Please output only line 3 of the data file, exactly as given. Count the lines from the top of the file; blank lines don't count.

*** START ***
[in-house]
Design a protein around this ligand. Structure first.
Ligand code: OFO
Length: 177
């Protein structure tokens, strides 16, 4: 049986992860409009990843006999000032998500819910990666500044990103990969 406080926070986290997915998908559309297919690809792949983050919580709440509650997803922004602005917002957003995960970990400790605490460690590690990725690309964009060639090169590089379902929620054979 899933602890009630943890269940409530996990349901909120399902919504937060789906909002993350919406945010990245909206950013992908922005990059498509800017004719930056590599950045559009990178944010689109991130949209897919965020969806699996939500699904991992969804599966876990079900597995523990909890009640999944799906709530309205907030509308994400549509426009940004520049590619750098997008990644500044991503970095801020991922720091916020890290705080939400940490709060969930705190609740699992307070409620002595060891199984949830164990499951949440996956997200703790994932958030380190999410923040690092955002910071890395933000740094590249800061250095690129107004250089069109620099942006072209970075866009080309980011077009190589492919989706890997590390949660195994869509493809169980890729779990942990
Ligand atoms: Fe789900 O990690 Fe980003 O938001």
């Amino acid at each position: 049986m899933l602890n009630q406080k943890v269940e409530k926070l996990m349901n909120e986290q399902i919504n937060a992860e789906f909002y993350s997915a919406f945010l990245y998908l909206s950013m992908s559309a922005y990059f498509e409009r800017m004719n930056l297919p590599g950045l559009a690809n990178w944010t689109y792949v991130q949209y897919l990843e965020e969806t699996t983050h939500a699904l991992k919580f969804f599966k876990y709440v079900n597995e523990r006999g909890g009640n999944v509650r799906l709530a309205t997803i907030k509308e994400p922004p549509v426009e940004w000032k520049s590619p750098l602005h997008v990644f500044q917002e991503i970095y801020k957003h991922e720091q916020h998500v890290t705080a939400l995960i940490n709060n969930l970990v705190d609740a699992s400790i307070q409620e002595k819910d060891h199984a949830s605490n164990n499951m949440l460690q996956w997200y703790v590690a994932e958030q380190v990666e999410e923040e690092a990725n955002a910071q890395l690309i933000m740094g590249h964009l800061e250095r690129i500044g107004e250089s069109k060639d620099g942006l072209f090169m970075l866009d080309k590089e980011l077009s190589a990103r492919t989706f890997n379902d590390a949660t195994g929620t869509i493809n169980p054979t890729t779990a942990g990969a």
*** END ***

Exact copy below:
Ligand code: OFO